It is only recently that the Asian American experience has been elaborated on, and given the spotlight—allowing more Asian actors to take centre stage. Shows like Fresh Off the Boat and Kim’s Convenience Store, as well as films like Crazy Rich Asians and To All the Boys I’ve Loved Before are the dawn of a new age for Asian American stories.
Hollywood is also starting to dish out recognition. In 2018, Sandra Oh killed it as the lead in Killing Eve, becoming the first woman of Asian descent to win the Golden Globe Award and the Primetime Emmy Award for Best Lead Actress in a TV Drama. Similarly, the Korean film Parasite directed by Bong Joon-ho has been sweeping up awards right, left and centre. It won Best Foreign Language film at the Golden Globes 2020. And during his acceptance speech, the director made a jab at the audience. “Once you overcome the one-inch tall barrier of subtitles, you will be introduced to so many more amazing films.”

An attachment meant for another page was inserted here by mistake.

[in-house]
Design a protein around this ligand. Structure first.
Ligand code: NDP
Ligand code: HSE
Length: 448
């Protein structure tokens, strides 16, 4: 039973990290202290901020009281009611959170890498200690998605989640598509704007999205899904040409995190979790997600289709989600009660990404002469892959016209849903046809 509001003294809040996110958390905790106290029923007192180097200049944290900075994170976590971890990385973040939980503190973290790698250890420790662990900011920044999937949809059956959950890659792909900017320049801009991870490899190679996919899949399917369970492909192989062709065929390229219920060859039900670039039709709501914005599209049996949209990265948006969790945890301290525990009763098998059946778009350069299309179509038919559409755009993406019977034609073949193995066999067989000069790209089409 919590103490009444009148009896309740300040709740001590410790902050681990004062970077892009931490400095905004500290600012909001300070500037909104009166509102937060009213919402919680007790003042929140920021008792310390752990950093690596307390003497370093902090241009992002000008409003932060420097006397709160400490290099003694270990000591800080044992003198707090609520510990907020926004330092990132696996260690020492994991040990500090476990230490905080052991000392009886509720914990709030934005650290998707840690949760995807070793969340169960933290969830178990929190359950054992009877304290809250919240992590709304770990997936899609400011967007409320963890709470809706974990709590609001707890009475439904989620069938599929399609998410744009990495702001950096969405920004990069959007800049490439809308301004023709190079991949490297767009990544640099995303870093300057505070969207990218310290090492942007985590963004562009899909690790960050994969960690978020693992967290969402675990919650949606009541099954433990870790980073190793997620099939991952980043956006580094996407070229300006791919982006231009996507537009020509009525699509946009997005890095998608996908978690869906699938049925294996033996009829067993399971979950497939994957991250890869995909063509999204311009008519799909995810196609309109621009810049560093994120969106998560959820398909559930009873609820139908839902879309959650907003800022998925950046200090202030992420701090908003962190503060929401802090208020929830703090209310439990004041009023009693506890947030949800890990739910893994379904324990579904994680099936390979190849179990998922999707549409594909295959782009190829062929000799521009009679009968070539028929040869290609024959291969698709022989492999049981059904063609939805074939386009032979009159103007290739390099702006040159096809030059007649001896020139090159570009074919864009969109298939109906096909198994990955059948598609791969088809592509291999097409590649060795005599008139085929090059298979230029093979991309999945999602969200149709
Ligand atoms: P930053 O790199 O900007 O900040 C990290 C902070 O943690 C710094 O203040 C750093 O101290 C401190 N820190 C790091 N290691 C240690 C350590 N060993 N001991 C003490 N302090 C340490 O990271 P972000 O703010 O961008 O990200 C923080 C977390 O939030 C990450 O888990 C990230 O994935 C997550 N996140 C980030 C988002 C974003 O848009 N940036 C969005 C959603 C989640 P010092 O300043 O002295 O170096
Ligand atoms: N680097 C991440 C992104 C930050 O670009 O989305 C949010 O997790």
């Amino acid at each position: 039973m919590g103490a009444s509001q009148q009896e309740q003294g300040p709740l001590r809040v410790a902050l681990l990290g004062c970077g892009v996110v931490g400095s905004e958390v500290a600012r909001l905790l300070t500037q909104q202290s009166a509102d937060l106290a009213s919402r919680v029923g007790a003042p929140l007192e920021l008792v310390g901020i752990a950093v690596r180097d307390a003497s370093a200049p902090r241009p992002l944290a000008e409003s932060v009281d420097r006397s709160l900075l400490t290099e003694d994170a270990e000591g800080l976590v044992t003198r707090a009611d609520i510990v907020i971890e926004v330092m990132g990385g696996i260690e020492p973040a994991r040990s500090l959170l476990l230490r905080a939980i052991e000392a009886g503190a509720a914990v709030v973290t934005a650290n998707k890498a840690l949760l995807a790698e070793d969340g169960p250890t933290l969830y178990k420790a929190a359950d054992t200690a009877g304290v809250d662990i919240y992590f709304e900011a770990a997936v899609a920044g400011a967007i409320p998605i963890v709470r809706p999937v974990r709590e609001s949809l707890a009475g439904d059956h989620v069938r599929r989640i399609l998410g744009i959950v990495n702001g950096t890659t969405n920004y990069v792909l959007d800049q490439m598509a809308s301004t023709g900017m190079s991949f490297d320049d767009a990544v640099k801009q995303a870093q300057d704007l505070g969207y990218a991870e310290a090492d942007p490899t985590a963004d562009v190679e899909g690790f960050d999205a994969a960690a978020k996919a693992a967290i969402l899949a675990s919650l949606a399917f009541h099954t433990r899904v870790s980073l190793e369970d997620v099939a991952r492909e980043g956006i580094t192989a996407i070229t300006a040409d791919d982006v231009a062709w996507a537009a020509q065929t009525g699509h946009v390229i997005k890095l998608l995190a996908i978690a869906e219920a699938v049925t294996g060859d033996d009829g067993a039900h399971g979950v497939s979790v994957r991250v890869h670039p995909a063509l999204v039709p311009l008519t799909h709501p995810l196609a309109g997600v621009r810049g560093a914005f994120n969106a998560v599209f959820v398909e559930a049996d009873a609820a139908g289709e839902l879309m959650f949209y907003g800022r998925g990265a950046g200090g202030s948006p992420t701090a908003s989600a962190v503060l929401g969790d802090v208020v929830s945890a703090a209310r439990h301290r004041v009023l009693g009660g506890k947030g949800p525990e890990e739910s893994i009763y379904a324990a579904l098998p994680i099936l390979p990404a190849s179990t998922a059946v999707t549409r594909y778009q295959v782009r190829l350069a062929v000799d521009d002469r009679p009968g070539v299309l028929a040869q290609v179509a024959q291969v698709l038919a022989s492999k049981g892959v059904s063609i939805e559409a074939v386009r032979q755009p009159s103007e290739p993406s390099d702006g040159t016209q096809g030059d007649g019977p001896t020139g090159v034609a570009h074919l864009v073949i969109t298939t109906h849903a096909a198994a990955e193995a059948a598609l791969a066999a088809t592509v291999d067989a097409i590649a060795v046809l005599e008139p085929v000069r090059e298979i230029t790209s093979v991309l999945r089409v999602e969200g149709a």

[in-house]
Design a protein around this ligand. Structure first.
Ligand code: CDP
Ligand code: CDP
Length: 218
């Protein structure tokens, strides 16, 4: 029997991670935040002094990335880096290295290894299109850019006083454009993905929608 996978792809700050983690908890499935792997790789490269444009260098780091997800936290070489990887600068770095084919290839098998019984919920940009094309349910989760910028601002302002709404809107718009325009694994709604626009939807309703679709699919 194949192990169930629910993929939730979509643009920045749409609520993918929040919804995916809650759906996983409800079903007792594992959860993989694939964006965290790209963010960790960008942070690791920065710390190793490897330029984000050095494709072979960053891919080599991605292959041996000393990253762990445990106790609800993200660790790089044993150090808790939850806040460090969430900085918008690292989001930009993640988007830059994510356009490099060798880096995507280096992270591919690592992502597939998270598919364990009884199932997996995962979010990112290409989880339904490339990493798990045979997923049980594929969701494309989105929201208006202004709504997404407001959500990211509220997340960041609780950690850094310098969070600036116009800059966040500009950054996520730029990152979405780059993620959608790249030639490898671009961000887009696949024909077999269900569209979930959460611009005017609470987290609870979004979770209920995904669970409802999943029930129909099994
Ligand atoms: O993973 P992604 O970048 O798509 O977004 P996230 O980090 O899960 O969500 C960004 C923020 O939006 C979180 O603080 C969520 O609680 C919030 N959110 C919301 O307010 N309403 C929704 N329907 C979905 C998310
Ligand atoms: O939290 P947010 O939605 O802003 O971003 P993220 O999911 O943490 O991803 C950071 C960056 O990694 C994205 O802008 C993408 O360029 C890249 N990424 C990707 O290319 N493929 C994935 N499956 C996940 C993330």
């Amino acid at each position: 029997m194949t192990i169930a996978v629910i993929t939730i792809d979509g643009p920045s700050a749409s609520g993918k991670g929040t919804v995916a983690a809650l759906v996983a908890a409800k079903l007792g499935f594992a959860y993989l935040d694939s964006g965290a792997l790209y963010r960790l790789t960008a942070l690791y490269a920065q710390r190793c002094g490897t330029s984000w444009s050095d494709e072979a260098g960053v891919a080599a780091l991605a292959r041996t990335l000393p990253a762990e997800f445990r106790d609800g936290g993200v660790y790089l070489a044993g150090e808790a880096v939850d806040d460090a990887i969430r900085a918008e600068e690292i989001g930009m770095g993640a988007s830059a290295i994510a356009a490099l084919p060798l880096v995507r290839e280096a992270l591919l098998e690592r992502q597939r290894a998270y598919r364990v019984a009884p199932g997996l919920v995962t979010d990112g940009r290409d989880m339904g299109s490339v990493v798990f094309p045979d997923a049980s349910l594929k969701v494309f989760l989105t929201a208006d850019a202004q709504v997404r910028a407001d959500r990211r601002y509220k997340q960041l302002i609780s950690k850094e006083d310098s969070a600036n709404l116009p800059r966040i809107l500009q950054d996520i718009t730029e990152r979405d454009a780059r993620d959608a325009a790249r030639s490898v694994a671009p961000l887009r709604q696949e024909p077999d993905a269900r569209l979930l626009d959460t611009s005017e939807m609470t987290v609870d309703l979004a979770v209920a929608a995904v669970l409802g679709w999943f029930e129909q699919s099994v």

Parasite is also the first Korean film to win the Palme d’Or at the 2019 Cannes Film Festival, the first foreign-language film to win the top prize in the history of the Screen Actors Guild Awards, and the first foreign language film to be nominated in the illustrious category of Best Picture at the Oscars this year. If you haven’t watched the movie, it is a brilliant portrait about class struggle. But here’s the thing. Is the movie genuinely lauded for its body of work? Or is there tokenism at play here?